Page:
Actually, that makes it much harder for me. (I know :rolleyes: ) I’ll admit, I got math-lost somewhere in the middle of pre-calc, and have never quite recovered, so I’m trying to look at this question purely from an intuitional standpoint. However, while sticking identical square-based pyramids on all of the faces of a cube makes sense, doing it so that “the faces of the pyramids match up” doesn’t work for me. It seems they would be all separate from each other. Are you talking about more than one of these figures tessellating 3-space?

The reason this doesn’t work for me is that in 2-space, the geometry of the circle/hexagon process is very 6-fold (or 3-fold in multiples). I would therefore expect the same out of the 3-space version of same. Cubic geometry doesn’t make sense to my brain here. Sure, it’s 6-fold counting all faces, but it’s square. 90 degree angles, and all that. What I’m shooting for should be 60 degree angles (just in all three dimensions). At least, it seems so to me.

Omphaloskeptic: Sorry I don’t have the terminology to be more clear with my question. I’ve tried to figure which of your renditions of my question was the one I was asking…and finally gave up. Higher mathematics hurts my head. It intrigues, but it hurts. The best I can render this is the illustration I gave about the closest-packed circles turning into hexagons when compressed, and what is the 3D equivalent.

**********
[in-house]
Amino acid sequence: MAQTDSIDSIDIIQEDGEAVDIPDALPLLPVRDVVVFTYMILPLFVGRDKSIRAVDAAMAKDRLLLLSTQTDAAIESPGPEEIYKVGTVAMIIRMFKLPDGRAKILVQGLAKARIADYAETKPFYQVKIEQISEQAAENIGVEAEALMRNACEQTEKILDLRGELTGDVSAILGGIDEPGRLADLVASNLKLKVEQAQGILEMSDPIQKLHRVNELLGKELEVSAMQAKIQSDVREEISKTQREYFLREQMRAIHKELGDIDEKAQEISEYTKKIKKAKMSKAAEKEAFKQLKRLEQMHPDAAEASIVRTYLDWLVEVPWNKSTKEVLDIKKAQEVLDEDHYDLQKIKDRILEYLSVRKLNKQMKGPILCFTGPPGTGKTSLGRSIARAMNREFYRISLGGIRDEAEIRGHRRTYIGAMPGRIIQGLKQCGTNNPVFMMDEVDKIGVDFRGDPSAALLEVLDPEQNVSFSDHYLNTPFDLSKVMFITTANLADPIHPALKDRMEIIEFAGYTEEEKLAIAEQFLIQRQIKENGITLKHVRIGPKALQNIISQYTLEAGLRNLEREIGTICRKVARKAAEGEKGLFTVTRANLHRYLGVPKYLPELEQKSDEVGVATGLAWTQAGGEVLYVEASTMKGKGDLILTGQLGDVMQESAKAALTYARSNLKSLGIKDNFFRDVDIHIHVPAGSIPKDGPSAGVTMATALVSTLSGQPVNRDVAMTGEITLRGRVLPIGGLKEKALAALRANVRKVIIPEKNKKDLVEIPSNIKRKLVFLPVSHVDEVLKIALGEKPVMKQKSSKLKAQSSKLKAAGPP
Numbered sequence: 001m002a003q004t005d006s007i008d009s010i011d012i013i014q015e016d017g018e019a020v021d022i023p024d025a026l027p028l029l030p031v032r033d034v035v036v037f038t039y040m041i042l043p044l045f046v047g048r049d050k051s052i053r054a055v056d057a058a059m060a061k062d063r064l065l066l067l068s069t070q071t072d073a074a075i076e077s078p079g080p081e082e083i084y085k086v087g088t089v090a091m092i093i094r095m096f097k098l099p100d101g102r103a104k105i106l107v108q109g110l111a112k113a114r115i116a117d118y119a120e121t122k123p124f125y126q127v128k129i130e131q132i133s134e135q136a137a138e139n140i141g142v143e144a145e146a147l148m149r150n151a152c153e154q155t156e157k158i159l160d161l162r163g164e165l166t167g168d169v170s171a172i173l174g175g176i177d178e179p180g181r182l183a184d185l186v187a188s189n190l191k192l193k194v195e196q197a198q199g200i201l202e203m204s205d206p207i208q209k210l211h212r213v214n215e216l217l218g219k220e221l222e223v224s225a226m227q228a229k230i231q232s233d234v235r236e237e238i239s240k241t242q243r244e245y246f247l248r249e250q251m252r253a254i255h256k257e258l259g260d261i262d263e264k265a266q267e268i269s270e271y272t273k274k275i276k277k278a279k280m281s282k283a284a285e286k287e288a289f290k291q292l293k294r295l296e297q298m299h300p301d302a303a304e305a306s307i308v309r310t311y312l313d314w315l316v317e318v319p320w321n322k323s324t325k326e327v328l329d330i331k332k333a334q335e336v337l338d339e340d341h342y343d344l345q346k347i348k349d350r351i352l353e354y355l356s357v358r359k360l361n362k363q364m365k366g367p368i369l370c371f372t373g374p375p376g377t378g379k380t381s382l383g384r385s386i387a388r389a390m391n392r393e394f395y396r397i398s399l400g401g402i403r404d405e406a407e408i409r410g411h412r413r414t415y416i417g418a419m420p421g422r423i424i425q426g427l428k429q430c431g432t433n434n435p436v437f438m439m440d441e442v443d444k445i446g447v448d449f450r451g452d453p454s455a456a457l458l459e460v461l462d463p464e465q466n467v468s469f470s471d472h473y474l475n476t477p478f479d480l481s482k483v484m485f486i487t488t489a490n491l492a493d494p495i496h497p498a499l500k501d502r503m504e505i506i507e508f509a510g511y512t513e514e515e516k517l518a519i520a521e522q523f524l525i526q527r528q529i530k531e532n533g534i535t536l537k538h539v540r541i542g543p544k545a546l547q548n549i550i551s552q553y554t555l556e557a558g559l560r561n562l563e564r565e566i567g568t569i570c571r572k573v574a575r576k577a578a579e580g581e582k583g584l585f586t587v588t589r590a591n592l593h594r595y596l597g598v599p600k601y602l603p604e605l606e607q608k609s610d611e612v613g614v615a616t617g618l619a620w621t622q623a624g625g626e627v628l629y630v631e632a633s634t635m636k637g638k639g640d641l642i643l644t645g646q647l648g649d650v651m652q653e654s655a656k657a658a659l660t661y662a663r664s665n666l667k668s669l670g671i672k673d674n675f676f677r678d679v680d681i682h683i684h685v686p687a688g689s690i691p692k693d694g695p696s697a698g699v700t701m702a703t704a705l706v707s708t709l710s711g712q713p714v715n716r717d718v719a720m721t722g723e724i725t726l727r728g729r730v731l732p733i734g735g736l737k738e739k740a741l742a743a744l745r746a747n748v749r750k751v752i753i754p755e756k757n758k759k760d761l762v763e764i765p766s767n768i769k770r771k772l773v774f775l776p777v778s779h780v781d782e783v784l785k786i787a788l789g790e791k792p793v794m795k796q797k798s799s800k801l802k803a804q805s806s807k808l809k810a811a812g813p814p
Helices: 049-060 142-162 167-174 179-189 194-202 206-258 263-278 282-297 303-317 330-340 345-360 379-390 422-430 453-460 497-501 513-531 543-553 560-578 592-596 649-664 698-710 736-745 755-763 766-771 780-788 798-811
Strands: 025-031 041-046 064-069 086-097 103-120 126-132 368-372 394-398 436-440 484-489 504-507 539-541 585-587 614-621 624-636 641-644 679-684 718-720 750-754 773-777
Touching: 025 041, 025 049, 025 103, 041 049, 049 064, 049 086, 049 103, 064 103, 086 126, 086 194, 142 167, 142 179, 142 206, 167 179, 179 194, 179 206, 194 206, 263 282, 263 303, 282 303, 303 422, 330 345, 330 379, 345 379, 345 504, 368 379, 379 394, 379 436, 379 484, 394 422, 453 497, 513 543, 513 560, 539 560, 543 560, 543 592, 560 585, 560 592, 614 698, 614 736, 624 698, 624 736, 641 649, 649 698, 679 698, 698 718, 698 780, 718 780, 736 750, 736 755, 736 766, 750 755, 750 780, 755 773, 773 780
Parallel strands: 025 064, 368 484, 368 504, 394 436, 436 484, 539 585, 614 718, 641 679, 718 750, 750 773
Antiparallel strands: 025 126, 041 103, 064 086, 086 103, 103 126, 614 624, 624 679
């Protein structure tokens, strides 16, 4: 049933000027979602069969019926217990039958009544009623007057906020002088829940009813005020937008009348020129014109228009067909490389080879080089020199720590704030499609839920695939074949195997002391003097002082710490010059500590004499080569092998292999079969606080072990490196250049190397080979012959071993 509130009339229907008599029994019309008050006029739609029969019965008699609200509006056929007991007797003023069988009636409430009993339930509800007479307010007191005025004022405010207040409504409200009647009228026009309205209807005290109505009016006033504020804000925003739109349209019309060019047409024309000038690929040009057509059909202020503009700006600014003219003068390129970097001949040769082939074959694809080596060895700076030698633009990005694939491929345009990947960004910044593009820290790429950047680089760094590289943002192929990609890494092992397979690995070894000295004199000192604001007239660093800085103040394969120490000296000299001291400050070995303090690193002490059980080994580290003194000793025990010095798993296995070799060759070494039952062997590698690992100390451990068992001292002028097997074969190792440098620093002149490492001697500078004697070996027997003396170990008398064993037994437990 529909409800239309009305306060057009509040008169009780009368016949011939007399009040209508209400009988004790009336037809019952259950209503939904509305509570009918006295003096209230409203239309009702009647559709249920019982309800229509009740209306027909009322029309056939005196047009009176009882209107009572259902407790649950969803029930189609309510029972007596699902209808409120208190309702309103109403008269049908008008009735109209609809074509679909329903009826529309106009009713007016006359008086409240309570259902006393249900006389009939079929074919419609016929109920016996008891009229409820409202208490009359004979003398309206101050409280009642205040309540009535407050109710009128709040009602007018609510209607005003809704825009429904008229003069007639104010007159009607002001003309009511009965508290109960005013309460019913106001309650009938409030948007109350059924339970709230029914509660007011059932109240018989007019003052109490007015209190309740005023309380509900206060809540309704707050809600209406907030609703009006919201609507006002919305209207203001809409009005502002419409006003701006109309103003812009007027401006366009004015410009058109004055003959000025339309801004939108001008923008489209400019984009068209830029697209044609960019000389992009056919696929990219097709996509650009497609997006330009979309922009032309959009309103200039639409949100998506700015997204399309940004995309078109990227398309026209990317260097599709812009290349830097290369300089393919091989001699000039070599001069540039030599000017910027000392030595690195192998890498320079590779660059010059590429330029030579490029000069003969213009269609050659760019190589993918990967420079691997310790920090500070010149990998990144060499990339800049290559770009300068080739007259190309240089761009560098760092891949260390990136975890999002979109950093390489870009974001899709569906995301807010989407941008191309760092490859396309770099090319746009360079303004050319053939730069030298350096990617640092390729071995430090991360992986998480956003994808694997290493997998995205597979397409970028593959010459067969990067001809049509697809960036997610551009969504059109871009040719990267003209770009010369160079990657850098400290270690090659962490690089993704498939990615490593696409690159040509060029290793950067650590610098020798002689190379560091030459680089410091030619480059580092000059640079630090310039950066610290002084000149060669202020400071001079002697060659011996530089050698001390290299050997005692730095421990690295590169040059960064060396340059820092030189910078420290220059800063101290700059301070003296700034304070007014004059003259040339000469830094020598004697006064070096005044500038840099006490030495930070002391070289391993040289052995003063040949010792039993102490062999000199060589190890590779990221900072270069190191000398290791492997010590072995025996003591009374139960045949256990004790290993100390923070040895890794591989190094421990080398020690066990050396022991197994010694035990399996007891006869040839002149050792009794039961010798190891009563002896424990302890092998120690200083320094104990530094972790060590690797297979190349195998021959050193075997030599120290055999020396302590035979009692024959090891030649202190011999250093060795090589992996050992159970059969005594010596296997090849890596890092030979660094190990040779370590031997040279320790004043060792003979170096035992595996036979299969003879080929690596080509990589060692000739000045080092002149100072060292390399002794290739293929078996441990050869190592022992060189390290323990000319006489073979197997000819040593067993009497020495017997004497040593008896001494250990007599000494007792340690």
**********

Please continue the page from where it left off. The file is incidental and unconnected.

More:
I’m still not seeing how there is more than one way to most closely pack spheres, but that seems to be the case, anyway. I am going to have to buy a box of marbles.

Google ad at the bottom of this thread currently:

“Easy Raccoon Deterrent”

Da hell?

Think of it like this: There’s six faces on a cube, and five on each pyramid. Gluing the square base of a pyramid to the square face of the cube replaces one face (of the cube) with four (of the new polyhedron). So after gluing on all the pyramids there are 24 faces.

But we want 12 (dodecahedron). If we choose the angles of the pyramids properly, the top face of the pyramid on the front of the cube will be in the same plane as the front face of the pyramid at the top of the cube. Instead of 24 triangular faces, we’ll have 24 rhombi. In particular, since the cube faces meet at 90 degrees, we should choose the pyramids so that the triangular faces meet the base at 45 degrees. Then from one face to the base of its pyramid (45) plus from one face to another of the cube (90) plus from the base of the new pyramid to its face (45) is 180 degrees, and the two triangles lay flat.